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Parents to Congress: Police no solution to mental illness

TODAY

Liza Long, who penned an essay pouring out her anguish over her son's mental illness after Adam Lanza shot and killed 26 people in Newtown Conn., including 20 young children.

Liza Long’s son first went into the juvenile justice system at 11. He’s mentally ill, but the woman who wrote the viral Internet essay “I am Adam Lanza’s mother” told Congress the police are often the only authorities who can help deal with violent, mentally ill children.

Pat Milam repeatedly begged doctors in New Orleans to keep his psychotic and suicidal son hospitalized. Soon after they refused and released him in 2011, the young man killed himself while trying to set off a giant propane bomb in his bedroom, he told a Congressional hearing on mental health care held after the shootings of 20 young children and six adults last December in Newtown, Conn.

“We tell our daughters and our sons, ‘Oh, you are sick but we are not going to help you until you become dangerous.' Then when they become dangerous we blame and punish them,” Fairfax, Va. writer Pete Earley told the hearing on mental illness. “In that scenario, tell me who is crazy.”

Tuesday’s hearing of the House Energy and Commerce oversight subcommittee was carefully staged to show the anguish felt by parents of mentally ill children and young adults who struggle with police and health care providers to get treatment.

All three parents complained that doctors’ interpretations of  HIPAA -- the Health Insurance Portability and Accountability Act -- prevented them from helping their children. Doctors, they said, feared sharing vital information for fear of violating privacy rules. And, they complained, too often they had no one to call but police when their children became violent.

“Parents like me are struggling physically, emotionally, and financially,” Long, a Boise, Idaho, mother of four told the hearing via video link. “The stigma for parents and children is real. The magnitude of this problem will only be recognized after tragedies like Newtown.”

She said her son “Michael” -- she uses a pseudonym to protect him -- has never been properly diagnosed with any one illness. When she told him she was testifying, he told her, "Tell them I’m not a bad kid. Tell them I want to be well,’” she said.

“Parents like me are living in fear. Will my child be bullied? Will my child be the bully? Will I be blamed for my child’s explosive behavior?” Long said. Schools need more money to pay for counselors and behavioral interventionists, Long said.

Dr. E. Fuller Torrey, a psychiatrist who founded the Treatment Advocacy Center, says mentally ill patients are far less likely to become violent if they get treated.

The approach is called assisted outpatient treatment, and he says he used it successfully while working in a psychiatric hospital in Washington, D.C.

“I would go to the court and say, ‘Your Honor, this individual has been to the hospital 19 times. He has no awareness of his illness,’” Torrey testified.

The law allowed Torrey to order such a patient to receive a once-monthly injection of medication to help him stay well -- something that is key with some mental illnesses that cause patients to fear medication, mistrust doctors and to be unable to understand that they are ill. Studies have shown this type of forced treatment can decrease homelessness, arrests and can help prevent the patients from becoming victims of crimes.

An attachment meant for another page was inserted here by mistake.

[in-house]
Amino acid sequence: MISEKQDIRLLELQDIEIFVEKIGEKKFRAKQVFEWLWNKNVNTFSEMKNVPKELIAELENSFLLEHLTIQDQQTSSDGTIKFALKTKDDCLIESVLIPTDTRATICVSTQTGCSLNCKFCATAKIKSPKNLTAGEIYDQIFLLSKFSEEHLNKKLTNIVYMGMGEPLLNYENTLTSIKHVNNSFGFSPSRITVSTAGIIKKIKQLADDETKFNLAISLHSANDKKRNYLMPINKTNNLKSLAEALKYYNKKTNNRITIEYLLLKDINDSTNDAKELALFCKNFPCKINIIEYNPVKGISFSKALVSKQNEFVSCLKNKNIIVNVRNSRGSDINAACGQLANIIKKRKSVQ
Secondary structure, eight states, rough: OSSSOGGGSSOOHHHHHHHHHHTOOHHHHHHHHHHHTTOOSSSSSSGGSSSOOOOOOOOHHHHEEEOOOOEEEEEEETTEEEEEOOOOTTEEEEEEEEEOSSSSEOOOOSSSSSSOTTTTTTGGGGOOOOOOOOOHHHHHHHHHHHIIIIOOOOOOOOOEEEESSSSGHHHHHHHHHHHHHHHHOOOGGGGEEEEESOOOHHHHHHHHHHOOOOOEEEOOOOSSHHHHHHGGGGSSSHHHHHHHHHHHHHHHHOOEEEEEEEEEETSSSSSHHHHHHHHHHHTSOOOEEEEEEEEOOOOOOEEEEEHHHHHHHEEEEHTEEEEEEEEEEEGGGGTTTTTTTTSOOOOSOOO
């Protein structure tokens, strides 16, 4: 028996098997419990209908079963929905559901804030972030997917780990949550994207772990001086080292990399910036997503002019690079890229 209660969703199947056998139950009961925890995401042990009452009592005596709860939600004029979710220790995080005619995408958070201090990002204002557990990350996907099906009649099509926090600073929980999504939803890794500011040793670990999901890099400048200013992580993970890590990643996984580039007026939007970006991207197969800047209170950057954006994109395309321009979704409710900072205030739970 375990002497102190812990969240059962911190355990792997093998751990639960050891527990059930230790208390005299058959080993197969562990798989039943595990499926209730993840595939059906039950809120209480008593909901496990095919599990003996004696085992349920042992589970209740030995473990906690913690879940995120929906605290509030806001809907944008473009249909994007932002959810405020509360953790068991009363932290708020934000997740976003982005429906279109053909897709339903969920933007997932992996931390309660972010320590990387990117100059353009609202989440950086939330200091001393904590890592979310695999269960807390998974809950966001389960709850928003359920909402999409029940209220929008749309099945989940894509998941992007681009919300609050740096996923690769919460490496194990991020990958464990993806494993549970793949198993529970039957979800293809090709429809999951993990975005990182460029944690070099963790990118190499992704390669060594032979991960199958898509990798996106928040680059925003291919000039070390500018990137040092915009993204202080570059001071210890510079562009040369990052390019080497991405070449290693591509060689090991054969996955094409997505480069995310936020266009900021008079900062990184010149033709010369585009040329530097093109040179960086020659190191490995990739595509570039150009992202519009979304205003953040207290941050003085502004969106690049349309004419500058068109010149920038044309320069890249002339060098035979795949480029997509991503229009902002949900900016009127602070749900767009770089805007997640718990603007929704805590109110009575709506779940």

Torrey says 44 states have assisted outpatient treatment laws, which allow for forced treatment under certain circumstances, but they are not used consistently.

“The crisis we find ourselves in is not just a question of funding. Rather the current situation demands more intelligent targeting of available funds towards the most promising treatments,” subcommittee chairman Tim Murphy, a Pennsylvania Republican, told the hearing.

Earley says his son, who was 22 when he became ill, finally got treatment. He praised Virginia for tackling mental health after a mentally ill Virginia Tech student killed 32 people and wounded 17 in 2007. But he found it difficult. "Parents can’t do anything because of civil rights laws," he said.

“There was a time when I wished my son had not been born,” Earley, who wrote the book “Crazy”, told the hearing. “But today my son is doing great. He has a job, lives on his own, pays taxes. If he was sitting here today before you today you would not know that he has a mental illness,” Earley added.

“This is not a problem of us not knowing what to do. This is a problem of us not doing it. No father should ever be told, ‘Bring your son back after he tries to kill someone or tries to kill you.’"

Milam said he tried hard to get his son Matthew treated in a New Orleans hospital after he filled his bedroom with bomb-making materials, but his doctors and health insurance company insisted he was well enough to go home. Matthew had repeatedly threatened suicide and had tried at least twice, drinking bleach and slashing his own throat with a knife.

“I can’t tell you the words I used,” Milam said. “I was enraged they would let him out.” Matthew died at the age of 24,  trying to set off the bomb in his bedroom, and investigators later said they found enough explosives in there to have leveled the house.

“We have 15 million children and teenagers who have a psychiatric disease or serious learning disorder in the U.S. today. Less than half get any help,” Torrey said.

Dr. Thomas Insel, director of the National Institute of Mental Health, said there’s no coherent U.S. system for managing mental health needs. “We are often forced to respond in an acute way to what is a chronic problem,” he said.

People with diabetes get medications, medical care and counseling to help keep themselves well. Mental health patients need the same consistent approach, he said.

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